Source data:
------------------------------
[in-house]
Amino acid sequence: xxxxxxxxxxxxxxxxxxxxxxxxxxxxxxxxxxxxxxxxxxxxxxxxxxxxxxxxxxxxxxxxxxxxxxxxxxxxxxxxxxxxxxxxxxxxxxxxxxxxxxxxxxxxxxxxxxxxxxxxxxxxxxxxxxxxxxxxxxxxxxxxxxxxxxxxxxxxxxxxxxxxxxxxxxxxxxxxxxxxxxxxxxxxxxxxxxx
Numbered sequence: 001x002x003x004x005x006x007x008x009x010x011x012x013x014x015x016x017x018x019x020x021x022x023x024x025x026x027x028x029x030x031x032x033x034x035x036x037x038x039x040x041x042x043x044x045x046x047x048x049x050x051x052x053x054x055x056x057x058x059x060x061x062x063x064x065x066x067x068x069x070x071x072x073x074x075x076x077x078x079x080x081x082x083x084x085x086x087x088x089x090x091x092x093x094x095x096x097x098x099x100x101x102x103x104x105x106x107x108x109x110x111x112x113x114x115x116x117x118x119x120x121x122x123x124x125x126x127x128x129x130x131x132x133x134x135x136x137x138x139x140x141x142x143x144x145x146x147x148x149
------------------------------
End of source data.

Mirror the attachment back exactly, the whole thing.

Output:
[in-house]
Amino acid sequence: xxxxxxxxxxxxxxxxxxxxxxxxxxxxxxxxxxxxxxxxxxxxxxxxxxxxxxxxxxxxxxxxxxxxxxxxxxxxxxxxxxxxxxxxxxxxxxxxxxxxxxxxxxxxxxxxxxxxxxxxxxxxxxxxxxxxxxxxxxxxxxxxxxxxxxxxxxxxxxxxxxxxxxxxxxxxxxxxxxxxxxxxxxxxxxxxxxx
Numbered sequence: 001x002x003x004x005x006x007x008x009x010x011x012x013x014x015x016x017x018x019x020x021x022x023x024x025x026x027x028x029x030x031x032x033x034x035x036x037x038x039x040x041x042x043x044x045x046x047x048x049x050x051x052x053x054x055x056x057x058x059x060x061x062x063x064x065x066x067x068x069x070x071x072x073x074x075x076x077x078x079x080x081x082x083x084x085x086x087x088x089x090x091x092x093x094x095x096x097x098x099x100x101x102x103x104x105x106x107x108x109x110x111x112x113x114x115x116x117x118x119x120x121x122x123x124x125x126x127x128x129x130x131x132x133x134x135x136x137x138x139x140x141x142x143x144x145x146x147x148x149